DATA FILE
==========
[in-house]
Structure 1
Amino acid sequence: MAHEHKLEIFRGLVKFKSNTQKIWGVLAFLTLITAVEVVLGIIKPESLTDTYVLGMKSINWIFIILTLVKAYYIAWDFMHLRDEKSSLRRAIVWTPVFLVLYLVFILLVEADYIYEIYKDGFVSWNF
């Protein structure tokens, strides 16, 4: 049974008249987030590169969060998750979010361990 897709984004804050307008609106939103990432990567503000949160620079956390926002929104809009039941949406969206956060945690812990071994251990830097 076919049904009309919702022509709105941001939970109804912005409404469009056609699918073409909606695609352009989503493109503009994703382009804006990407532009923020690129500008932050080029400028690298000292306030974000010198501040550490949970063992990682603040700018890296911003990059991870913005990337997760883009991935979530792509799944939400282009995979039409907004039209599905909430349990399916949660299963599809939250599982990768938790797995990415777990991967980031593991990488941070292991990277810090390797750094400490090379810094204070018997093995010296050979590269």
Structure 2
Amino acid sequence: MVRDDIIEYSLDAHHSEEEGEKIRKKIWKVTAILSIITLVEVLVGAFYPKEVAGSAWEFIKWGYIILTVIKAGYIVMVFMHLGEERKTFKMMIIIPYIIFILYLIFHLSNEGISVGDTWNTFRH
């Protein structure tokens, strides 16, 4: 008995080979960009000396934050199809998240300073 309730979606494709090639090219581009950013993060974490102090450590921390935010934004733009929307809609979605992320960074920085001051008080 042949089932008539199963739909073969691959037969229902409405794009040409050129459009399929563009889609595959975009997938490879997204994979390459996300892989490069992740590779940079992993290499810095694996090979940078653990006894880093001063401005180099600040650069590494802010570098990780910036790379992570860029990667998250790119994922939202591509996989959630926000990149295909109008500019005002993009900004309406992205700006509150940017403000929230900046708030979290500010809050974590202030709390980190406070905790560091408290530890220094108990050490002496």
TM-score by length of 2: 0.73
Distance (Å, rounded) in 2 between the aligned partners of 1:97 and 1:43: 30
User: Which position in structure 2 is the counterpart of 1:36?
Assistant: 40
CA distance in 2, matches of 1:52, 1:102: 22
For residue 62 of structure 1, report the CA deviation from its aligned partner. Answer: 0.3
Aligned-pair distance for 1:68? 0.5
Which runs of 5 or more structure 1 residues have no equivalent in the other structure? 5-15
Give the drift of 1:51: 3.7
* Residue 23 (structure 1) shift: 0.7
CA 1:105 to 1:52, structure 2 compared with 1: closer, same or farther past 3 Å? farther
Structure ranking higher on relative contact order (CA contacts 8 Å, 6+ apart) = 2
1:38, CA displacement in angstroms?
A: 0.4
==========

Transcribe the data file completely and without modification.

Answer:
[in-house]
Structure 1
Amino acid sequence: MAHEHKLEIFRGLVKFKSNTQKIWGVLAFLTLITAVEVVLGIIKPESLTDTYVLGMKSINWIFIILTLVKAYYIAWDFMHLRDEKSSLRRAIVWTPVFLVLYLVFILLVEADYIYEIYKDGFVSWNF
């Protein structure tokens, strides 16, 4: 049974008249987030590169969060998750979010361990 897709984004804050307008609106939103990432990567503000949160620079956390926002929104809009039941949406969206956060945690812990071994251990830097 076919049904009309919702022509709105941001939970109804912005409404469009056609699918073409909606695609352009989503493109503009994703382009804006990407532009923020690129500008932050080029400028690298000292306030974000010198501040550490949970063992990682603040700018890296911003990059991870913005990337997760883009991935979530792509799944939400282009995979039409907004039209599905909430349990399916949660299963599809939250599982990768938790797995990415777990991967980031593991990488941070292991990277810090390797750094400490090379810094204070018997093995010296050979590269």
Structure 2
Amino acid sequence: MVRDDIIEYSLDAHHSEEEGEKIRKKIWKVTAILSIITLVEVLVGAFYPKEVAGSAWEFIKWGYIILTVIKAGYIVMVFMHLGEERKTFKMMIIIPYIIFILYLIFHLSNEGISVGDTWNTFRH
């Protein structure tokens, strides 16, 4: 008995080979960009000396934050199809998240300073 309730979606494709090639090219581009950013993060974490102090450590921390935010934004733009929307809609979605992320960074920085001051008080 042949089932008539199963739909073969691959037969229902409405794009040409050129459009399929563009889609595959975009997938490879997204994979390459996300892989490069992740590779940079992993290499810095694996090979940078653990006894880093001063401005180099600040650069590494802010570098990780910036790379992570860029990667998250790119994922939202591509996989959630926000990149295909109008500019005002993009900004309406992205700006509150940017403000929230900046708030979290500010809050974590202030709390980190406070905790560091408290530890220094108990050490002496």
TM-score by length of 2: 0.73
Distance (Å, rounded) in 2 between the aligned partners of 1:97 and 1:43: 30
User: Which position in structure 2 is the counterpart of 1:36?
Assistant: 40
CA distance in 2, matches of 1:52, 1:102: 22
For residue 62 of structure 1, report the CA deviation from its aligned partner. Answer: 0.3
Aligned-pair distance for 1:68? 0.5
Which runs of 5 or more structure 1 residues have no equivalent in the other structure? 5-15
Give the drift of 1:51: 3.7
* Residue 23 (structure 1) shift: 0.7
CA 1:105 to 1:52, structure 2 compared with 1: closer, same or farther past 3 Å? farther
Structure ranking higher on relative contact order (CA contacts 8 Å, 6+ apart) = 2
1:38, CA displacement in angstroms?
A: 0.4